This Had Better Not Be Their Only Birth Control Method

, , , , , | Romantic | June 17, 2019

(My boyfriend and I have been together for five years, and we both chose independently before we even met that neither of us wants biological children. I recently started a new job, and out of about 90 employees I am one of two that has no children, and three of my coworkers are actively pregnant. After I’ve been there for a month, we hire another person who is pregnant. I tell my boyfriend about the new hire after her first day.)

Me: “We got someone new today, [New Coworker].”

Boyfriend: “Oh, neat. How is she?”

Me: “She’s so nice! And heavily pregnant.”

Boyfriend: *laughs* “Not regularly pregnant? She’s ‘heavily’ pregnant, specifically?”

Me: *laughs* “Very specifically. She’s due on [date about two months ahead]. But she has a small frame, so she looks huge.”

Boyfriend: “Didn’t you say someone else has that due date, too?”

Me: “Yup! [Coworker #1]. And [Coworker #2] just went on maternity; her baby is due this weekend. Plus, [Coworker #3] is gonna pop in the next couple of weeks. I’m surprised she hasn’t left already.”

Boyfriend: “Jesus, that’s so many pregnant people in one spot.”

Me: *in a goofy “spooky” voice* “They’re communicating… and gathering.”

(He gives me a funny look at this point, so I say:)

Me: “What? What’s that face for?”

Boyfriend: “Don’t get any big ideas, now.”

Me: *pointing to my head* “Hey, it’s not this part of me that you need to tell that to! You need to tell this* part of me!” *pointing at my lower tummy*

(He bends over and puts his ear to my stomach, and pokes me.)

Boyfriend: “Don’t go getting any big, hormonal ideas!”

Me: “You know, it does take at least two people to make a pregnancy happen; don’t put all this on me.”

(He thinks for a second, and then pulls back and points accusingly at his own groin.)

Boyfriend: “Don’t you dare to get any big ideas, mister!”

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An Education In Coincidence

, , , , , , | Learning | June 5, 2019

This one’s on me. For the past year or so, I’ve had five wonderful 10- to 12-year-old boys in my Minecraft classes, good friends who became closer through interacting on their computers. A sixth boy recently joined for the spring term, and I noted that he shared [Uncommon Last Name] with one of the previous students — who has a hyphenated name, but half of it is identical — and both of them listed [Mother’s Not-Too-Common First Name] [Uncommon Last Name] as their emergency contact. Naturally, I figured they were brothers…

…and managed to greatly upset the long-time student by telling him that. Probing further before the next class, I found that one student lived on the east end of the county while the other came from a more western city. You can bet I was extremely apologetic to the student in that next class!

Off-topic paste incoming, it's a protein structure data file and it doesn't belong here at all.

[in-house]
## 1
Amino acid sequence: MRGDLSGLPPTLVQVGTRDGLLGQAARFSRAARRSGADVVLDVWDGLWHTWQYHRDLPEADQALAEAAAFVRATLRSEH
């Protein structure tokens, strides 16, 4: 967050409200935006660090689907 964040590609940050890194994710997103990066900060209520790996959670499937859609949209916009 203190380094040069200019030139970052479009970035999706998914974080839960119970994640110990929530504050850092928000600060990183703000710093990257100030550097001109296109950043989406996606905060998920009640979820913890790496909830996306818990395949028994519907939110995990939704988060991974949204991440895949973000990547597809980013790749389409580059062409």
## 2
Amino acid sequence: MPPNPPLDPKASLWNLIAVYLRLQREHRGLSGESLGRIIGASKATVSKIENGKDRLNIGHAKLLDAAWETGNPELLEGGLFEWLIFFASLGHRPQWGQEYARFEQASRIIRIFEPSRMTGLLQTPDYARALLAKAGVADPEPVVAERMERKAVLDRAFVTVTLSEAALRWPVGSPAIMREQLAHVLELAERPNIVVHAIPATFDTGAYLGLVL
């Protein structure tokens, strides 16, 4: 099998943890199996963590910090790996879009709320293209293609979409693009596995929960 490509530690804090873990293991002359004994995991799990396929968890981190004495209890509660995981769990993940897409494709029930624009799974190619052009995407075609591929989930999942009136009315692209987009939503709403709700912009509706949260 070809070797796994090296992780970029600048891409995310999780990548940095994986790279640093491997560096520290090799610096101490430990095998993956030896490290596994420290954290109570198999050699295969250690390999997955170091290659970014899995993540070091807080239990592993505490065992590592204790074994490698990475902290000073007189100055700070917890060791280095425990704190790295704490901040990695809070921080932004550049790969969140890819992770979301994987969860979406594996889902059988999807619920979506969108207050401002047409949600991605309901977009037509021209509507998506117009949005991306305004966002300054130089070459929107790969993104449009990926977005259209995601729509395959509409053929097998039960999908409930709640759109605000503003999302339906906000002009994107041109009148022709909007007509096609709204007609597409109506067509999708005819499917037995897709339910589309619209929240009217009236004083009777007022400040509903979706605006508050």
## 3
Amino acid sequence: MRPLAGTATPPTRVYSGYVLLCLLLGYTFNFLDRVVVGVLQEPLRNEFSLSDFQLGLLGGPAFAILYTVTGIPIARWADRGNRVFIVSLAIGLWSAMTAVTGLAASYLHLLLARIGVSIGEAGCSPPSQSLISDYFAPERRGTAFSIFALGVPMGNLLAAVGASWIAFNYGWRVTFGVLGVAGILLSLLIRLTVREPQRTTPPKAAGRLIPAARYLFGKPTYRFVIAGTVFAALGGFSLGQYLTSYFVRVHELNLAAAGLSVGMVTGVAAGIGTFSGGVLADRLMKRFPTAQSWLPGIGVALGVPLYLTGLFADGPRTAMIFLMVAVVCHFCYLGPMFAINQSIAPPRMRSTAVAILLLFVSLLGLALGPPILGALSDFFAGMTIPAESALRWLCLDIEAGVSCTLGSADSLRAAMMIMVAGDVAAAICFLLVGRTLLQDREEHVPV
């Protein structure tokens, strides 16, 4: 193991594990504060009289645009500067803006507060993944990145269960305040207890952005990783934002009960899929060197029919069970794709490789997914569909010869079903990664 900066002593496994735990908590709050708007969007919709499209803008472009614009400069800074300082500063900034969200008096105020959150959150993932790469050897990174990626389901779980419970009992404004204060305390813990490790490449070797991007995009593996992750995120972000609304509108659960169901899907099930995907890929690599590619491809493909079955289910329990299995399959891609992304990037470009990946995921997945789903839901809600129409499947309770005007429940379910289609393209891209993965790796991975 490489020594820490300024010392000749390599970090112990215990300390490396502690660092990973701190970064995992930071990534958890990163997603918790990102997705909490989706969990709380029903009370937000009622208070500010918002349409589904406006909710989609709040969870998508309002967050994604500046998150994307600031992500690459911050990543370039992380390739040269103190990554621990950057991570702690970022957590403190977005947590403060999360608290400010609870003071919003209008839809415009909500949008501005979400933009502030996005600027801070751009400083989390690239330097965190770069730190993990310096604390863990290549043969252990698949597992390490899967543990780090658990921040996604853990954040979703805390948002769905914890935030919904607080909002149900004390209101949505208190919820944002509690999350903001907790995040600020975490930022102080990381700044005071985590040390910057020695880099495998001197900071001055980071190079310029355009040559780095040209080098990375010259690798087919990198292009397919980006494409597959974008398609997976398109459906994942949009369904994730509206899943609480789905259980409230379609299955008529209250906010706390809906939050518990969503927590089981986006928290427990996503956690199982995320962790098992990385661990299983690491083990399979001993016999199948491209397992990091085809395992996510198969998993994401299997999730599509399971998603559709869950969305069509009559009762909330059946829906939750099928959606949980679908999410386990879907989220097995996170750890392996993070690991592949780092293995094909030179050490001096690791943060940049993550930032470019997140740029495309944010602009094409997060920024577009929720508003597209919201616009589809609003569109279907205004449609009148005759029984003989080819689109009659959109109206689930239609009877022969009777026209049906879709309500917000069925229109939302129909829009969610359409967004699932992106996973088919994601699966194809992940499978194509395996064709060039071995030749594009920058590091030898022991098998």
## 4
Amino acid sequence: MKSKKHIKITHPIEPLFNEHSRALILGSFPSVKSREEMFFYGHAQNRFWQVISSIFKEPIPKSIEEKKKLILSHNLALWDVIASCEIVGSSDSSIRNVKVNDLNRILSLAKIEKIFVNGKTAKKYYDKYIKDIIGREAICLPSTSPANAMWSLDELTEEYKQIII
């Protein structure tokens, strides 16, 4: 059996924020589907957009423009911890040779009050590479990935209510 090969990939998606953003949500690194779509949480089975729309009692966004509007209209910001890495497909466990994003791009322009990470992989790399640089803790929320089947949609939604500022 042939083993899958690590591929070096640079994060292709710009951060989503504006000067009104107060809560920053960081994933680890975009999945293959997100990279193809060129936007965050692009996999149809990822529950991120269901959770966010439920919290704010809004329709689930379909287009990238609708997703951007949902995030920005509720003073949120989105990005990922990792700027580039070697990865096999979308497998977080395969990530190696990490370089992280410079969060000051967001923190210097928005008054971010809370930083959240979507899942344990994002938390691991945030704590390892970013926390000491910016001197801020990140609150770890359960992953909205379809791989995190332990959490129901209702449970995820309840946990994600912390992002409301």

Yes, there are two mothers with the same first and last name, with a son between 10 and 12, whose child has high-functioning mental challenges, who signed him up for the same class at the same time in a town neither of them lives in.

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The Next One Won’t Even Make It Out Of The House

, , , , , | Healthy | May 27, 2019

(My friend is in labour and it becomes clear she is going to have her baby in the back of the ambulance. She is freaking out.)

Paramedic: *trying to comfort her* “This is nothing. Last year, a woman had a baby in the hospital car park.”

Friend: *wailing* “That was me!”

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Someone Made Your Dream(boat) Come True

, , , , , , , , | Hopeless | May 25, 2019

In 1973 or ‘74, when I was five or six years old, my family and I lived in Phoenix. We had very little in the way of money or material things, but we were a happy little family for the most part. My brother was just a baby, and my sister and I spent our days playing outside in the Arizona sunshine. That year was a particularly lean one for us. We drove up to Flagstaff to cut our own Christmas tree, free of charge back then, I think, and made our decorations from egg cartons and glitter. It must have been a hard time for my mother and stepfather, but I can’t remember really wanting for much; we were always fed and clothed.

I can still remember sitting down at the kitchen table to write my annual letter to Santa. I told him that we didn’t have much, and that I knew he was very busy, but that I had a few small requests for him. My sister loved to read, and I asked him if he could bring her some books and something for my baby brother. We pretty much lived on tuna and macaroni those days and I asked Santa for a ham or turkey as a special treat for our family’s Christmas dinner. I closed my letter with a special request, stating, “If you have room in your sleigh, I would love a Barbie Dream Boat.” I was obsessed with Barbies, and the Dream Boat was all the Barbie rage that Christmas. I sealed the letter in an envelope, gave it to my mother, and really didn’t think much more about it since Mom had told me that kids didn’t always get what they wanted from Santa, seeing as how he was a very busy man with lots of children on his list.